Set for release in May 2012, Aerosmith’s latest studio album is being billed as ‘a testament to one of the greatest bands in the world’.
Fans that have been kept hungry for new material since 2001’s Just Push Play and 2004’s bluesy covers album Honkin’ on Bobo, are set to be rewarded with a 14th album that producer Jack Douglas is describing as ‘raw’ and ‘nasty’.
Aerosmith’s decision to renew their collaboration with Douglas, who helmed sessions for Get Your Wings, Toys in the Attic and Rocksin suggests a return to an old-school sound. Helping Douglas, engineer Warren Huart and the band achieve the right sound is Endless Analog’s Clasp.
The band began work in July at two Aerosmith-affiliated Boston-area studios: Pandora’s Box, which the band owns, and the Boneyard, guitarist Joe Perry’s personal studio. Two Clasp (Closed Loop Analog Signal Processor) units are in use at Pandora’s Box – one connected to a 16-track two-inch Studer A800 analogue tape machine for recording drums, and one connected to a 24-track two-inch A800 MkIII for recording everything else. At the Boneyard, another Clasp is connected to an additional 24-track 2-inch A800 MkIII for overdubs. A fourth Clasp will be called into a yet-to-be-announced Los Angeles studio when sessions move to the West Coast later this year.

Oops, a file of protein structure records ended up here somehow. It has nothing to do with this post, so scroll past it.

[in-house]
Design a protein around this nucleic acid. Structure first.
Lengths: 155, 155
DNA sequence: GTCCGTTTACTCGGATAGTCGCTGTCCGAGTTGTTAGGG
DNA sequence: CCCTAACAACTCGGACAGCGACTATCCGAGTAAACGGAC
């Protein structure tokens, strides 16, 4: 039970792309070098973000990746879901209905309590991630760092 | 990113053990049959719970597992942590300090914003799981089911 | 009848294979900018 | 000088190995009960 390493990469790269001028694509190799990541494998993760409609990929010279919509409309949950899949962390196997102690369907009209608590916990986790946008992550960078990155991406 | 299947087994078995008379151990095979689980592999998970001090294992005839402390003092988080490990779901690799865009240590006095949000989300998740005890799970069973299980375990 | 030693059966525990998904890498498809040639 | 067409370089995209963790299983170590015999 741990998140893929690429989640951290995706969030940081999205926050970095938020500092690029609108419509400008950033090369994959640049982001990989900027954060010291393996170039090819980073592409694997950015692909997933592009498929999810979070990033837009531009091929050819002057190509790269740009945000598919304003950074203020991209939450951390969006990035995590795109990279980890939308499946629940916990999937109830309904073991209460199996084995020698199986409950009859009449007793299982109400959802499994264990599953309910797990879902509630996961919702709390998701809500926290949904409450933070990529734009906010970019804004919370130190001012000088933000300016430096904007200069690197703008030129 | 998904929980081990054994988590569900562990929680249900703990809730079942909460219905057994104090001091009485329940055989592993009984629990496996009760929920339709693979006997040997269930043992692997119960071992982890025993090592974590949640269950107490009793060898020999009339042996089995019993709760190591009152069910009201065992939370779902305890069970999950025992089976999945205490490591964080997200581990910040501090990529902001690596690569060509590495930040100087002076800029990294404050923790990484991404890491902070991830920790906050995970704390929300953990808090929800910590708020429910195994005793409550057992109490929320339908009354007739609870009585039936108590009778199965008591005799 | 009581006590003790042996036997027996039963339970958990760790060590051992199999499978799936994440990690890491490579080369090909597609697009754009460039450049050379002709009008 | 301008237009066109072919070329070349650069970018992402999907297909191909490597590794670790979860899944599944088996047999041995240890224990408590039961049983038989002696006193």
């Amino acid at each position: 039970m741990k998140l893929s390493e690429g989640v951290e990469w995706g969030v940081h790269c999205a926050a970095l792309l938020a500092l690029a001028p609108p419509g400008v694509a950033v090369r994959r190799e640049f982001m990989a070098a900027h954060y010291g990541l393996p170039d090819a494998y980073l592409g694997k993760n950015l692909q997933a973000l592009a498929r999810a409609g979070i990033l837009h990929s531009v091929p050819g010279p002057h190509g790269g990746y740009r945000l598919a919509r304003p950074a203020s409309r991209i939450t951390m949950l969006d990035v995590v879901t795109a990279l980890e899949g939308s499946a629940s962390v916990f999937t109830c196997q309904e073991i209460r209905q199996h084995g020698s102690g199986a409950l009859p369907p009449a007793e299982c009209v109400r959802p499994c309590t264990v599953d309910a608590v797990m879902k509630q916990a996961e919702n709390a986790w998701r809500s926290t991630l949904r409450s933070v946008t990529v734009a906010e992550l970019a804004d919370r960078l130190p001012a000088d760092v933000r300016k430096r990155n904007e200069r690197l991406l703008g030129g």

‘Clasp is revolutionary,’ says Douglas, who, aside from his tenure with Aerosmith, is noted for his work with John Lennon, the New York Dolls and The Who. ‘We’re sticklers for big, fat analogue sound, so this system was just perfect for us. And we’re so happy that Chris [Estes, Clasp inventor] came along and was able to hook us up with the stuff, and we really love it. The album’s gonna sound amazing. It has that rich, fat sound of analogue and we have the convenience of being able to edit in Pro Tools. Normally, if we were using tape, we’d be using reels and reels but Clasp lets us use the same reel over and over again. And then normally we’d have to break for a few days to dump everything into Pro Tools for editing, but Clasp allows us to do real-time transfer. And we can record at any tape speed we want.’
Huart, best known for his work with top-selling acts like The Fray, Augustana, Kris Allen and Better Than Ezra, adds: ‘The reality is that recording with tape just makes things sound better. Every single piece of digital equipment you buy tries to make it sound like tape. Clasp is fantastic because it does what digital is trying to do for you by actually using real tape. It’s been a godsend in the studio as Aerosmith is capturing such a powerful, classic sound.’
‘You forget what it sounds like to hear these instruments actually going to tape,’ says Brad Whitford, one of Aerosmith’s two guitarists. ‘It’s the only way to go. You hit that tape, and you get all those rich harmonics. People are going to hear this album, and they’re going to say, ‘There’s something different going on here,’ and the difference is Clasp.’